Five Questions with Renee Hode: Growing Our Community, One Entrepreneur at a Time

Photo of Renee Hode

Renee Hode, South Piedmont Community College’s director of small business and entrepreneurship


It takes about four seconds of talking to Renee Hode to realize she truly loves her work.

Her eyes light up as she talks about entrepreneurship, business plans, and accelerator training.  Her voice quickens as she shares local job creation data. Her smile widens as she tells start-up success stories.

It’s this enthusiasm that’s no doubt fueled the growth of South Piedmont Community College’s Small Business Center since Hode’s arrival as director of small business and entrepreneurship in 2021.

Hode oversees the South Piedmont SBC, one of 58 in the state, and serves as regional director for the southwest region of the Small Business Center Network. The South Piedmont SBC, like the state’s other SBCs, provides resources, training, and support to entrepreneurs seeking a strong start and small business owners looking to scale their operations.

In Hode’s two years with the College, South Piedmont’s SBC has seen remarkable growth in a number of metrics. A couple examples:

  • For the period of 2014-2020, the South Piedmont SBC averaged 34 clients counseled and 90 hours of counseling time annually. In 2022, those numbers jumped to 91 clients and 293 hours.
  • With 1,024 attendees of its various workshops and training programs last fiscal year, the South Piedmont SBC now ranks sixth among all 58 SBCs in the state for attendance. Moreover, Hode is quick to add, the increase in attendees has been achieved efficiently. “We’re growing the average number of participants per training offering. We’re keeping our costs to deliver training steady while increasing our impact,” she said.

Hode, who holds a bachelor’s degree in business with a concentration in economics from Monmouth University, shared more about her passion for helping entrepreneurs, her own career, and her vision for the future of South Piedmont’s SBC. 

You work with entrepreneurs. Have you ever been an entrepreneur yourself?

Yes, I’ve always been very entrepreneurial. I started running businesses when I was a kid. I used to grocery shop for elderly neighbors. It grew to the point where I hired other kids in the neighborhood to help me deliver the groceries. You could say I was Instacart before Instacart. I played softball growing up in New Jersey, and I had the chance to attend some trainings and camps with Olympic athletes. I took what I learned and started a nonprofit in my hometown to boost the competitiveness of our local softball league. Later on, a business partner and I started an online commerce boutique. 

Why is entrepreneurship something you feel so passionately about?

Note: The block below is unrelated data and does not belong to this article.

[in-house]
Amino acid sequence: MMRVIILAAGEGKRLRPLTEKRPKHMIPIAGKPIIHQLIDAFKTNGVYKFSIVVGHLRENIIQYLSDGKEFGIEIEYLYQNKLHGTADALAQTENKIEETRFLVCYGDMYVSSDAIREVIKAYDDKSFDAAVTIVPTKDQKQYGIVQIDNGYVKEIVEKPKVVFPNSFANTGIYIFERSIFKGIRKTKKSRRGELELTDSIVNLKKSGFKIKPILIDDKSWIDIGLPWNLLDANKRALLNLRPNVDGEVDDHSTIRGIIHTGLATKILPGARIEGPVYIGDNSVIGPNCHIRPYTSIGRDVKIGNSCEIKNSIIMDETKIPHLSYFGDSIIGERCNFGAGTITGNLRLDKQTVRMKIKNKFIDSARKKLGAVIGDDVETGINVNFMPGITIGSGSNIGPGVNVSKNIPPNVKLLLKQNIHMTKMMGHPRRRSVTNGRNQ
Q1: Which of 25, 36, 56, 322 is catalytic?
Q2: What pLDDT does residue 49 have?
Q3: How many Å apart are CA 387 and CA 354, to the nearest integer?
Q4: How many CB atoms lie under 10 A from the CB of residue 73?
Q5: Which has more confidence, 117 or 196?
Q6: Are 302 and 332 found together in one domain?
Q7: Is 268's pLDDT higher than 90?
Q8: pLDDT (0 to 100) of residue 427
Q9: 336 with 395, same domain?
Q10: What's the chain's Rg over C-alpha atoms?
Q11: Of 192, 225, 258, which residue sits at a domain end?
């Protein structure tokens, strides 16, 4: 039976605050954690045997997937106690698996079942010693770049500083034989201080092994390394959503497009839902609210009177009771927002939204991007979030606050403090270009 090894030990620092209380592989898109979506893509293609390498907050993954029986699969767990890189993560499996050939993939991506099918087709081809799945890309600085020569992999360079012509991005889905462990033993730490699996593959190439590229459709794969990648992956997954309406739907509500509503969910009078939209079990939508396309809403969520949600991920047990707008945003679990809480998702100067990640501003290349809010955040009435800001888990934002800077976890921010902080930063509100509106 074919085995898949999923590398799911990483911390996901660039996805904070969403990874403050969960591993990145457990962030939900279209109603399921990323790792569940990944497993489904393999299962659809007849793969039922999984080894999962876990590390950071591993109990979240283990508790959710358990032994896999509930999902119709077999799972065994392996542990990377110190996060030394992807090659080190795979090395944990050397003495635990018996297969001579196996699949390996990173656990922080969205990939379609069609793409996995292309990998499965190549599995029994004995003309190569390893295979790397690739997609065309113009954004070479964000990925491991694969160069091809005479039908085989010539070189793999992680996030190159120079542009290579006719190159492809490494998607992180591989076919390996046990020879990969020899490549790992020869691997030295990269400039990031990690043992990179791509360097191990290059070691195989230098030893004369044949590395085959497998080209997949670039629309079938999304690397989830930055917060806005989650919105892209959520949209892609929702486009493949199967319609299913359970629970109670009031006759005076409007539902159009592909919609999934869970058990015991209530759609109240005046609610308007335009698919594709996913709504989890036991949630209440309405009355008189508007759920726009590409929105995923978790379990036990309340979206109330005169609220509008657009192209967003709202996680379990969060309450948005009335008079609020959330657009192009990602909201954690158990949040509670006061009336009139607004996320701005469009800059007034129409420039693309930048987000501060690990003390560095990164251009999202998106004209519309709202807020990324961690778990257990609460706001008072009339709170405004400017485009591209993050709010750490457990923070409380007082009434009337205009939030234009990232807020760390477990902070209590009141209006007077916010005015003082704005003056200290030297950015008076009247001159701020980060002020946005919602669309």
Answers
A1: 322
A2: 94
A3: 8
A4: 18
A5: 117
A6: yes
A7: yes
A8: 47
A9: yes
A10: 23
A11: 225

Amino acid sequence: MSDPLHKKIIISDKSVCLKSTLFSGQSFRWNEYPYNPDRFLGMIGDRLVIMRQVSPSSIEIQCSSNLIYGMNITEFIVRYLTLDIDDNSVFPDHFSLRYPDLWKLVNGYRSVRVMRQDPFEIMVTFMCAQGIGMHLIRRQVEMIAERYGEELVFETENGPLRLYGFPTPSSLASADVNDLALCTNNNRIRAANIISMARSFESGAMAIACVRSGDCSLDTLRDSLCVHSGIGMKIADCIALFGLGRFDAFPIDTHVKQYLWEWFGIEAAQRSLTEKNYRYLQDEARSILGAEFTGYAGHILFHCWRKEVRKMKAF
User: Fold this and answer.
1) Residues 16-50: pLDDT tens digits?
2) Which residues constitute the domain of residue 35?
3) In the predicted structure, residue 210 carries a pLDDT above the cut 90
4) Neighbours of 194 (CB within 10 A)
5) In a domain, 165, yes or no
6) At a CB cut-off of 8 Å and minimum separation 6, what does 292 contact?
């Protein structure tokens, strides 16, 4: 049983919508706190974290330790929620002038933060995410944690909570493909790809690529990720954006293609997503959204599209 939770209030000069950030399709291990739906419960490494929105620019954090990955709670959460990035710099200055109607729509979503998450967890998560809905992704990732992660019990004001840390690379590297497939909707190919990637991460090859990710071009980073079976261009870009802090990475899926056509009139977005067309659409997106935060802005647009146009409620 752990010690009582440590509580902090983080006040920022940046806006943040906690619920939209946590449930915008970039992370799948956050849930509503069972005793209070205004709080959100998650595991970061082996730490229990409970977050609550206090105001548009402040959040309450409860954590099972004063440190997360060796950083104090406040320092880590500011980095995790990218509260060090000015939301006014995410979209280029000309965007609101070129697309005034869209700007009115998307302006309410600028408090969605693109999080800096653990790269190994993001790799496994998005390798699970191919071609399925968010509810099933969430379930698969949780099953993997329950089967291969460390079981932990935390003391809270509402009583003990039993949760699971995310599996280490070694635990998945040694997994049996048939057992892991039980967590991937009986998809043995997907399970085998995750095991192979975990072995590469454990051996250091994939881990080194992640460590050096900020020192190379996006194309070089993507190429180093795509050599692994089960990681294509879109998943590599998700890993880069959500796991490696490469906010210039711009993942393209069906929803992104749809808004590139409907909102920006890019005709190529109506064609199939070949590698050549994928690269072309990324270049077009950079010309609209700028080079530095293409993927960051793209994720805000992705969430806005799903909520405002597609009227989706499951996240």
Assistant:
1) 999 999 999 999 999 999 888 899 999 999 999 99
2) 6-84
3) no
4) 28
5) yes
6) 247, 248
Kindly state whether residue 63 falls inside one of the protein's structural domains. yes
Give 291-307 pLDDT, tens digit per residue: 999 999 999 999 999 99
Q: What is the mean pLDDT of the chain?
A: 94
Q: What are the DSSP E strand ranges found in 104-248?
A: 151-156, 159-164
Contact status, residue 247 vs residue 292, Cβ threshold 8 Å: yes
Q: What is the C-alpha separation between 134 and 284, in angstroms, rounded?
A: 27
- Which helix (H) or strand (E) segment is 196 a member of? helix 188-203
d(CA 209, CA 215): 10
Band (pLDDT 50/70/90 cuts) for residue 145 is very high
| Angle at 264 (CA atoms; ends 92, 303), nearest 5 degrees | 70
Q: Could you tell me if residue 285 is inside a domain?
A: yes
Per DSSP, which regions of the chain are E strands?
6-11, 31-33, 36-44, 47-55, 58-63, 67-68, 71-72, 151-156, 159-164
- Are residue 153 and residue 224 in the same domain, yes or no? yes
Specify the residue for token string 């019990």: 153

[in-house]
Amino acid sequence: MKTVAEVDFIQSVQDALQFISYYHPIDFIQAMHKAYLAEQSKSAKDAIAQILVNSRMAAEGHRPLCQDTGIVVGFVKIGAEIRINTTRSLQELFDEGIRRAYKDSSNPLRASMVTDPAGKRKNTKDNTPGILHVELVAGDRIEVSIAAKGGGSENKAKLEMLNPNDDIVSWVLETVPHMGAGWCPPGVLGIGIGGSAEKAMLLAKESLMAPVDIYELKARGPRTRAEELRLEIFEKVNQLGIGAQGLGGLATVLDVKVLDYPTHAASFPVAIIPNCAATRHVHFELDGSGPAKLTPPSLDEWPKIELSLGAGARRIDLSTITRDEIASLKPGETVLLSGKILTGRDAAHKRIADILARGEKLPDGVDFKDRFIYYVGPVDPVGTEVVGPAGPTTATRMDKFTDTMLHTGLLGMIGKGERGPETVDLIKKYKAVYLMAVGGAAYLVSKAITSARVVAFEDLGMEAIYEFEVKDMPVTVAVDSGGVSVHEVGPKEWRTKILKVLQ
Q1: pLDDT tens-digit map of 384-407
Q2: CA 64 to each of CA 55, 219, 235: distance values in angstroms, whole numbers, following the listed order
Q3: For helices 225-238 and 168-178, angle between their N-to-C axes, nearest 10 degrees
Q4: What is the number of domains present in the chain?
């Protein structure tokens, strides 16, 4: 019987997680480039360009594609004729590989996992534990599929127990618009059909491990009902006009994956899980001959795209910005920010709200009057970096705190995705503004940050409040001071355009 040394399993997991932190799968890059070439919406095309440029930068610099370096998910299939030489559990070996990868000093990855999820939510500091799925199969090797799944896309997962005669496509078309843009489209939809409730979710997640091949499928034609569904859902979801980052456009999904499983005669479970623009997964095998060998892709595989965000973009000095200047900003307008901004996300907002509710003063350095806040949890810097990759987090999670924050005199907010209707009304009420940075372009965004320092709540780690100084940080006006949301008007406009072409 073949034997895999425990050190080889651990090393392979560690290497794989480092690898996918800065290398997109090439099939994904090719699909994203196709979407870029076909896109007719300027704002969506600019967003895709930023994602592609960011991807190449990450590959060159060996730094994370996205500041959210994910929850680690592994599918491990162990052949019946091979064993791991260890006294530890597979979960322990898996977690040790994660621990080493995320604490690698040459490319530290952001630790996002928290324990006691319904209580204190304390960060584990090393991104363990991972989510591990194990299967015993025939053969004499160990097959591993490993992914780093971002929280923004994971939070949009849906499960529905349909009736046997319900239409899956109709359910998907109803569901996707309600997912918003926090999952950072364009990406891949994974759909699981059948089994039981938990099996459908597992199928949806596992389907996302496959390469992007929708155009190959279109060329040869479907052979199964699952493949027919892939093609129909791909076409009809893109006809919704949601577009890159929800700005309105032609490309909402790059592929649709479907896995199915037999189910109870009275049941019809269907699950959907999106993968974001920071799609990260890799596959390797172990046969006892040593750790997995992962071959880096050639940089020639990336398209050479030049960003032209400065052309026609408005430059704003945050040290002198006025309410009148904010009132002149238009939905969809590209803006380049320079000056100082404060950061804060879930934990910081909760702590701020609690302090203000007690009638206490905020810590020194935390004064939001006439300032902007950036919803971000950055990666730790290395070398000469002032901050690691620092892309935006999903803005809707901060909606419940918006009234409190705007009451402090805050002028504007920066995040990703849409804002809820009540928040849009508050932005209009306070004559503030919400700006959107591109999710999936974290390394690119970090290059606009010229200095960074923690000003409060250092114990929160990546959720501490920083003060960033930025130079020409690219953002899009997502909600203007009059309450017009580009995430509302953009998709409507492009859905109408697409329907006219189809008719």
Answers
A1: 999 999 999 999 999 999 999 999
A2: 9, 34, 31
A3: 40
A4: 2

It’s a new and different day every day. I love seeing the wheels turn in entrepreneurs’ heads. Entrepreneurs are problem solvers. I’m an idea person myself. I love working with people to think outside the box and solve problems. Whether a business is just starting or growing, every business has different opportunities, pain points and challenges before them. I get to help them reach their goals, and part of that is helping entrepreneurs and business owners to self-actualize, to help them build their confidence, realize they can do it, and support them as they keep pushing forward.

There are 58 small business centers in North Carolina. How is South Piedmont’s SBC different?

They’re all different in their own ways. What might be popular here may not be of any interest in another part of the state. For instance, our SBCs on the coast offer a lot of training on aquaculture for the fishing businesses located there, but of course, we don’t have that need as much here in Union and Anson counties. Part of my job is to constantly assess the needs of our local business community, look at things through the lens of an entrepreneur or small business owner, and offer programming designed to solve local problems. Locally, we have a large number of small businesses, but many of them have reached a plateau. They’ve survived startup, but they don’t know how to keep growing. Part of our focus has been on creating programming to meet that need in our community.

What are examples of trainings you’ve helped create and what needs are they addressing?

Next month, we’re starting a brand-new program called Trucking Pro. In part because of all the manufacturing in our area, there is a lot of interest in trucking and logistics. The Trucking Pro program will teach attendees to start and operate their own trucking company. We’ve had about 50 applications come in for that program, and we’re selecting 24 participants, so there’s definitely a need. Another example is the Level Up Business Accelerator program, which we’ve run two cohorts of so far. The Level Up program speaks to that need I described earlier to help small businesses grow. In the Level Up program, we train participants and pair them with consultants to help them develop and implement three-year growth plans for their businesses.